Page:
By: Rob Balkema
Multi-asset investing is currently a hot topic in our industry. An increasingly wide range of investors want the dynamic allocation and broad diversification attributes that a well-managed multi-asset portfolio can provide. Many investors also want to ensure their multi-asset fund uses skilled money managers and strategies in every asset class, to seek to generate the extra performance that is so vital in a world of low returns
. But fewer investors appreciate the importance of downside protection – the range of techniques designed to reduce the probability and magnitude of losses in a portfolio.
Why is this key for clients seeking consistent portfolio growth? Because big losses are hard to recover from! For example, if a client’s portfolio suffers a -30% drop in value, a 43% rise will be needed to get the portfolio back to its starting point. That’s where a multi-asset approach that also emphasizes managing downside risk is so valuable, even if they don’t protect against all losses or guarantee a profit.
To explain why, let’s recollect Aesop’s fable about the race between the tortoise and the hare. In the original story, the tortoise beat the hare by being more consistent. In a multi-asset portfolio context, two hypothetical portfolios are racing:
- One has a lower average annual arithmetic return (runs slower) but is well diversified and so exhibits lower volatility. Let’s call this one multi-asset.
- The other has a higher average arithmetic return (runs faster) but is concentrated in a single asset class, higher volatility portfolio. Let’s call this one equities.
Because the hypothetical, lower volatility multi-asset tortoise has fewer and/or shallower setbacks to recover from, its lower average returns can compound more smoothly to achieve an equivalent geometric return to the higher volatility portfolio.
The setback penalty for the higher volatility portfolio is known as ‘volatility drag.’ And that’s why the multi-asset tortoise has a good chance of matching or beating the equity hare over one or more full market cycles, all other things equal.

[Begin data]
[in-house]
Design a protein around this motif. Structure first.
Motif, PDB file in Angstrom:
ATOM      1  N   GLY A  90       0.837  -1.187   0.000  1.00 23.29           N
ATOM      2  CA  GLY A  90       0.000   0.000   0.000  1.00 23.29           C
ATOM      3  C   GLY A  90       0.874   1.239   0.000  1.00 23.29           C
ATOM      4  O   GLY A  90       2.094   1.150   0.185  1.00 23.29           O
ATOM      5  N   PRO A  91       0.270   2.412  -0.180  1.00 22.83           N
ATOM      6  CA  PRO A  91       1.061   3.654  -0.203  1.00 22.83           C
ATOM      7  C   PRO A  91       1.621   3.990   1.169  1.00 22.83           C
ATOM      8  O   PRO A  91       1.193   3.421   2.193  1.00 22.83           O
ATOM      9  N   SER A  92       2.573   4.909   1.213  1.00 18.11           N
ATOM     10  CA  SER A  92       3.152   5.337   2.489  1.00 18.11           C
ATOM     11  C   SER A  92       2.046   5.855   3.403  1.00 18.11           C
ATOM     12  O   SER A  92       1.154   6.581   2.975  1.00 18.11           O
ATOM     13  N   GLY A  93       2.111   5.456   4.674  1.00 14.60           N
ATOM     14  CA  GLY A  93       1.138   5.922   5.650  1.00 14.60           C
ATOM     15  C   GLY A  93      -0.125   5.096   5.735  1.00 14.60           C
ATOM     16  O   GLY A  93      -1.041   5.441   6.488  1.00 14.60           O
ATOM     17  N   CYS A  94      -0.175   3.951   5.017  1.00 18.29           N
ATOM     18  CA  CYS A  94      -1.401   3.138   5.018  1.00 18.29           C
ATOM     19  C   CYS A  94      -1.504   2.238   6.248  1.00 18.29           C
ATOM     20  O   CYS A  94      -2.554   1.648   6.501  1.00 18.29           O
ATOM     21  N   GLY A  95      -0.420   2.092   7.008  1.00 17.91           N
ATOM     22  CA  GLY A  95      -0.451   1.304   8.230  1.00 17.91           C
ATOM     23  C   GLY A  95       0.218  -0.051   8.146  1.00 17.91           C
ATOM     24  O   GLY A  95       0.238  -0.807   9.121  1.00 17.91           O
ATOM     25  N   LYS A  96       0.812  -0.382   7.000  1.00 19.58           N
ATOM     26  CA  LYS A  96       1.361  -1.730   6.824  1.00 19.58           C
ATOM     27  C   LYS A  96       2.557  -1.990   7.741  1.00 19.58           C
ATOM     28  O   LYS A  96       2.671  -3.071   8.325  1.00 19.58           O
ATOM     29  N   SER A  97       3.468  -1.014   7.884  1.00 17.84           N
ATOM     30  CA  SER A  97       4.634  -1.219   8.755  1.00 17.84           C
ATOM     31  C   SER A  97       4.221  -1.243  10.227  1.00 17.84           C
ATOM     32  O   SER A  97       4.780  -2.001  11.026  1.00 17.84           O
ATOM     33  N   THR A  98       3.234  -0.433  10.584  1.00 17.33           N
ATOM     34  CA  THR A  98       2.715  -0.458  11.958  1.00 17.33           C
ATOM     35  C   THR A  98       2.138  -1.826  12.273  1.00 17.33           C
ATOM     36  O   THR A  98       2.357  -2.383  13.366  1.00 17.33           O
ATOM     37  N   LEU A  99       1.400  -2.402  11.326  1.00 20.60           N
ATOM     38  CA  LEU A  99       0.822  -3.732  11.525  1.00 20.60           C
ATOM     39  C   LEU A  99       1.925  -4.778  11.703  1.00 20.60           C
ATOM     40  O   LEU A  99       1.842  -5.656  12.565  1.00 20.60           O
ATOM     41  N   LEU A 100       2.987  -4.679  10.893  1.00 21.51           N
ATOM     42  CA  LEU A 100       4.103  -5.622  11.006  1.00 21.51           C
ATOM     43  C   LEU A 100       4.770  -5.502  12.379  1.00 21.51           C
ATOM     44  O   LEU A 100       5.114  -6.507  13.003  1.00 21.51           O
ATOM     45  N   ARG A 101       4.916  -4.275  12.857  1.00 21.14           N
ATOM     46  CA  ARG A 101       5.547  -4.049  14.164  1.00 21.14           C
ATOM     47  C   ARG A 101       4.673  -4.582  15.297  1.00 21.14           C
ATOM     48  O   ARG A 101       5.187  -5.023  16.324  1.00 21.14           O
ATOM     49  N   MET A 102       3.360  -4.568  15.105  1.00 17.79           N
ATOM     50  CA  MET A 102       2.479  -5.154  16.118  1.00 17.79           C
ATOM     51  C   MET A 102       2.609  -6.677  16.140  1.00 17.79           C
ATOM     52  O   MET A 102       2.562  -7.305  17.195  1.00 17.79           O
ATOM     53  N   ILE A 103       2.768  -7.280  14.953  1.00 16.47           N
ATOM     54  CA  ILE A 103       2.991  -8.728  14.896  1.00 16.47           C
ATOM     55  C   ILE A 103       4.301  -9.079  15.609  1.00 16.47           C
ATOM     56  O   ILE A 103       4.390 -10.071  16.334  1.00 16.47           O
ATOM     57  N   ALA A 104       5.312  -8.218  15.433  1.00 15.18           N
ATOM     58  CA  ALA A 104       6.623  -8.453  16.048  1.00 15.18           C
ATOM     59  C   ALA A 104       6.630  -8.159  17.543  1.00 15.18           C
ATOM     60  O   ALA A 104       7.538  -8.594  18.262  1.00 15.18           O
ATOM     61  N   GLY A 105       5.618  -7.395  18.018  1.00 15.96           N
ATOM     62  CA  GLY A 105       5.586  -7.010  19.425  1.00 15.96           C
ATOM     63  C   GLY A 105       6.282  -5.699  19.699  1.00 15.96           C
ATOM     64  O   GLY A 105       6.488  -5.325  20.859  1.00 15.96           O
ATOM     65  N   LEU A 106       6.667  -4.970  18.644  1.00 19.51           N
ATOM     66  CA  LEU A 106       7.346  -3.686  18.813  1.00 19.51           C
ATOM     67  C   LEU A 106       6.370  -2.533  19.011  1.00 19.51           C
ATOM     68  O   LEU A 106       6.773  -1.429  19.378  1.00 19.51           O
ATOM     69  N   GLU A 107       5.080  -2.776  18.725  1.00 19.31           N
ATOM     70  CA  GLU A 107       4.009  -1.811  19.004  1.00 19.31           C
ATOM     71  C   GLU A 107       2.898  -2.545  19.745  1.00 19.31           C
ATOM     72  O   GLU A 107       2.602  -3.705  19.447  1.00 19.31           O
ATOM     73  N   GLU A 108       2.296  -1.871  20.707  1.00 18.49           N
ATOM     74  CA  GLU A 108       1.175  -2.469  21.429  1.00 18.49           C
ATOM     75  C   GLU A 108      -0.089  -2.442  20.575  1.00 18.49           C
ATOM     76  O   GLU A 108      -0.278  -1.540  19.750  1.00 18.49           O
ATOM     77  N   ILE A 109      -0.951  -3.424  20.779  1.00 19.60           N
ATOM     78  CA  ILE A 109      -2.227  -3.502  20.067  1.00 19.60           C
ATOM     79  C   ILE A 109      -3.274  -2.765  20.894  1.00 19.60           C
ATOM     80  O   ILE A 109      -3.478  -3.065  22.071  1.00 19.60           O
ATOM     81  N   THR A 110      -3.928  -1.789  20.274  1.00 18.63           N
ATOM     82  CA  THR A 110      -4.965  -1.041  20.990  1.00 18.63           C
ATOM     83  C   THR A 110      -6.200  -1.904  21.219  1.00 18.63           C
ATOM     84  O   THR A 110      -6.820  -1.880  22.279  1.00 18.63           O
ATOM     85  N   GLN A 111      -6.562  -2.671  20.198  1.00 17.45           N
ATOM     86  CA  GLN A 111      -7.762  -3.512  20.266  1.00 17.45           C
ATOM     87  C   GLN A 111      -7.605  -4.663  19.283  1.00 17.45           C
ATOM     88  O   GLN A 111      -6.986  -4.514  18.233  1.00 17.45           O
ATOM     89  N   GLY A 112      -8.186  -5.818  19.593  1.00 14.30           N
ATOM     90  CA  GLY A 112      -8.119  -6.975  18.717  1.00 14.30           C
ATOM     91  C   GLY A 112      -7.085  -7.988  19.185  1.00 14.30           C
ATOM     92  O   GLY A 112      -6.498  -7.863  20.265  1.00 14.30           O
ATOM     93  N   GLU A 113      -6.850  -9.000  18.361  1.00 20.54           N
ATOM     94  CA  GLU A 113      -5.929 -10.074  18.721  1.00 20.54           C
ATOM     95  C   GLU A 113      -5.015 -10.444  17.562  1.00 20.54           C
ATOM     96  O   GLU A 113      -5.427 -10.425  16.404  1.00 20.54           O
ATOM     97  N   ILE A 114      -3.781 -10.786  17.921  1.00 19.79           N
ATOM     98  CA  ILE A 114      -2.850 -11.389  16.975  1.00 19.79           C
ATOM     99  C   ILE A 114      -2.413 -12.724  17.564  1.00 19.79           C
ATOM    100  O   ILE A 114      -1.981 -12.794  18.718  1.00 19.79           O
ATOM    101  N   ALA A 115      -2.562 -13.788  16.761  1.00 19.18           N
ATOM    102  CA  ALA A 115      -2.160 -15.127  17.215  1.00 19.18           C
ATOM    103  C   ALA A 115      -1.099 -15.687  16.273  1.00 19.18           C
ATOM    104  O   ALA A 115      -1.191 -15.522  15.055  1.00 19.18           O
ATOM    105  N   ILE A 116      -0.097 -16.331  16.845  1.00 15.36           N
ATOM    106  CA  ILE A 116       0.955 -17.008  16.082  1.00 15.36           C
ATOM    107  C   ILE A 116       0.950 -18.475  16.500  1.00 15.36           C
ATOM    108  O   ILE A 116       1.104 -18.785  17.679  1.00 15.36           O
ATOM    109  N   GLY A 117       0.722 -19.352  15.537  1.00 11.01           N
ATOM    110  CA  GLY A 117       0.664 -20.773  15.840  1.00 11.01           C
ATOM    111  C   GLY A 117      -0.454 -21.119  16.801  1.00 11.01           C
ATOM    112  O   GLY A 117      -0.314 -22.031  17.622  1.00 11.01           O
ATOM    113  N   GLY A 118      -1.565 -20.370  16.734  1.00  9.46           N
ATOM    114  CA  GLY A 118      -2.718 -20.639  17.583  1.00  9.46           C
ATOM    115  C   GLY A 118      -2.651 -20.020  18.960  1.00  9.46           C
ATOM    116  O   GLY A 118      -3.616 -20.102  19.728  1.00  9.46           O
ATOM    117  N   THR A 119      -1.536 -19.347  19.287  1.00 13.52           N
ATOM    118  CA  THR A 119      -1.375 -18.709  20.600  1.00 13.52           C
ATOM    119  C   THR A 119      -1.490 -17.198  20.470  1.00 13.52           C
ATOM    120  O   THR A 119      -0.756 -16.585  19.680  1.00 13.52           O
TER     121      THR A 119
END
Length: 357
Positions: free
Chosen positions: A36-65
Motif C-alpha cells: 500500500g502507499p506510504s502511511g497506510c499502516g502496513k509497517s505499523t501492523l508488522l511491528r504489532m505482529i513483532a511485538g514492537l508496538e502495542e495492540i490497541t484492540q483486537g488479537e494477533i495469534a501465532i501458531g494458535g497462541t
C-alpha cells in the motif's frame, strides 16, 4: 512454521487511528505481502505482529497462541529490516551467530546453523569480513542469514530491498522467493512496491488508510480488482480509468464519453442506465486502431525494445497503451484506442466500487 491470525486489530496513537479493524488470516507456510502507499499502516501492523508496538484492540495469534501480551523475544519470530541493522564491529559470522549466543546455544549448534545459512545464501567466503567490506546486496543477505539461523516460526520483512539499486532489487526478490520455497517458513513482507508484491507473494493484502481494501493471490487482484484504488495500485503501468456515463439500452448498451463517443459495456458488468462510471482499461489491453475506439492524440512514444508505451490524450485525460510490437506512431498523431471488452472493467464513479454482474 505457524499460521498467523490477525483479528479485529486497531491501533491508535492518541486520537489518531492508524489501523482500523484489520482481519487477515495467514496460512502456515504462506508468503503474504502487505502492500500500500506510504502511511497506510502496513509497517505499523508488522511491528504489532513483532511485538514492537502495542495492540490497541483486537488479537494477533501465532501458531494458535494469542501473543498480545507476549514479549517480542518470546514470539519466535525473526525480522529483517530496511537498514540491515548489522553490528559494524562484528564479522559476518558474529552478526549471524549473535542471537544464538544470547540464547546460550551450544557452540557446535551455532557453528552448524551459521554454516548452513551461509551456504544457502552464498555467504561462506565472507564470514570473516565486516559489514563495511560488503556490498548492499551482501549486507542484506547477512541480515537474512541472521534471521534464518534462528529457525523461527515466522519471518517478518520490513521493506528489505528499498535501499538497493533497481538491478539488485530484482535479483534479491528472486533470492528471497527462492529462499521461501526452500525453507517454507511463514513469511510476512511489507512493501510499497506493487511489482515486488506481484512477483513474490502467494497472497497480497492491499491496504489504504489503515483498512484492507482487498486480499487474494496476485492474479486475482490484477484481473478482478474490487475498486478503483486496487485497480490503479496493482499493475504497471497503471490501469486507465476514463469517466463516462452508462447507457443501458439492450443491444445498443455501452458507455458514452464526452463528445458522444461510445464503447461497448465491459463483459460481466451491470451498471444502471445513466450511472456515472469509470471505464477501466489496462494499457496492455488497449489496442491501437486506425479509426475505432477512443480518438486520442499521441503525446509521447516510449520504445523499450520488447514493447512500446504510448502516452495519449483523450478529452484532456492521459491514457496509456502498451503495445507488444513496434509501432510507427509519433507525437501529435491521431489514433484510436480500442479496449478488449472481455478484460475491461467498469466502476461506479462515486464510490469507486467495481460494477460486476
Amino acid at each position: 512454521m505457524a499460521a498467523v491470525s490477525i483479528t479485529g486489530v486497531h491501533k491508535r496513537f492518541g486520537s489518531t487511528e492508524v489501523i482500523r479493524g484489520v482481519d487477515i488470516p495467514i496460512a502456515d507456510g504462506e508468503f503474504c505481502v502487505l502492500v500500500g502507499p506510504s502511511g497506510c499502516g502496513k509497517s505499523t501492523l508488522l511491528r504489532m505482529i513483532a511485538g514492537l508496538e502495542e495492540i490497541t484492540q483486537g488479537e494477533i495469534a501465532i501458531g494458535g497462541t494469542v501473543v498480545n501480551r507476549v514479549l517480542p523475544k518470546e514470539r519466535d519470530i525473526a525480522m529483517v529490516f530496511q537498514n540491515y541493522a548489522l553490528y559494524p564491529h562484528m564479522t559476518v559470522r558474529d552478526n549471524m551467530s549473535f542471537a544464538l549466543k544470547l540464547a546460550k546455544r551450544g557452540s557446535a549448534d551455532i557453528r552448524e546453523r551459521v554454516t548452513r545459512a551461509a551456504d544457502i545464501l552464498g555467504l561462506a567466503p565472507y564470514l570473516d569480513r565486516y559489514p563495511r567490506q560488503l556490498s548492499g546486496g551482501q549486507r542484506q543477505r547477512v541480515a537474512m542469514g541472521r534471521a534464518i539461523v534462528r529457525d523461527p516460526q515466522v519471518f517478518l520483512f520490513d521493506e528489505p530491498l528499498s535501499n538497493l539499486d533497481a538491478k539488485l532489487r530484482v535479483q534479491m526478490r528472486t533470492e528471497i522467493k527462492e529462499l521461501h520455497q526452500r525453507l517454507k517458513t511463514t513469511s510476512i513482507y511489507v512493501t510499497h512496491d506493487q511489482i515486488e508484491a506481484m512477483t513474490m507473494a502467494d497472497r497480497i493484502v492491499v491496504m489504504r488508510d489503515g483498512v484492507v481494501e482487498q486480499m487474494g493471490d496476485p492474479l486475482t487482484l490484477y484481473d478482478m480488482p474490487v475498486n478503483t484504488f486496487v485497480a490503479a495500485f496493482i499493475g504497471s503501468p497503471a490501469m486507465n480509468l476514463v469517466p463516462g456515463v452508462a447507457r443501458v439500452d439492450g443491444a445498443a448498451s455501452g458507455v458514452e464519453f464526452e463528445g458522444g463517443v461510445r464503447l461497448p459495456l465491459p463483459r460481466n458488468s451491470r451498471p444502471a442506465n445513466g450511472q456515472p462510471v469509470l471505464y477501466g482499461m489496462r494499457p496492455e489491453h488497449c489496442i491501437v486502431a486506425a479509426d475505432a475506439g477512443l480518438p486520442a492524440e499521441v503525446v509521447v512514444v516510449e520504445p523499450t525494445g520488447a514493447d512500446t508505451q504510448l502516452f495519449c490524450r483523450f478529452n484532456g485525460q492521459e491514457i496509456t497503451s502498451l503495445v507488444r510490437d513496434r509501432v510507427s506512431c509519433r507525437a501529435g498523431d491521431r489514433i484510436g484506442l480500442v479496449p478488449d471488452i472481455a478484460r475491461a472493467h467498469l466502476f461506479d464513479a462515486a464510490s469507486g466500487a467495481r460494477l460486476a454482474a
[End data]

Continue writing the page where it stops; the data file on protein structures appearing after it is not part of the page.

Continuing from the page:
Why is this such a big deal for investors? Because many investors can’t stomach market downturns and turn to cash. And individuals approaching or post-retirement can’t afford big losses.
In fact, the impact of volatility on a client’s portfolio becomes more adverse once the client starts making cash withdrawals. Imagine what happens if a retired client’s portfolio suffers that -30% fall, and maybe that timing coincides with the client needing to buy a new car, or finance expensive medical treatment? The client may have to withdraw cash from their retirement portfolio at the worst possible time. Even if the portfolio subsequently enjoyed strong returns, it may never get back to its starting level within the retiree’s lifetime
The impact of withdrawals on portfolio performance is known as cash-flow drag
– and certainly among baby boomers, it’s becoming a more relevant consideration. Viewed from a cash-flow drag lens, the slower but more consistent multi-asset portfolio may start to look like a much more compelling investment option than the faster but more volatile equity hare.
The bottom line
For investors who have the most money on the table that they are ever going to have, a big stumble at this point could be crippling. That’s why it’s so important for investors now to look at downside risk in a different way, to start focusing on wealth preservation in the here and now, and to get away from an exclusive focus on long-run average rates of return.
In a nutshell, that’s why managing downside risk is one of the key ingredients of an effective multi-asset strategy. We believe these core ingredients comprise broad diversification, skilled money managers in every asset class and strategy, and dynamic management – and last but not least, downside protection. Such an approach can’t protect against all losses or guarantee a profit, but it may help reduce the probability and magnitude of losses in a portfolio.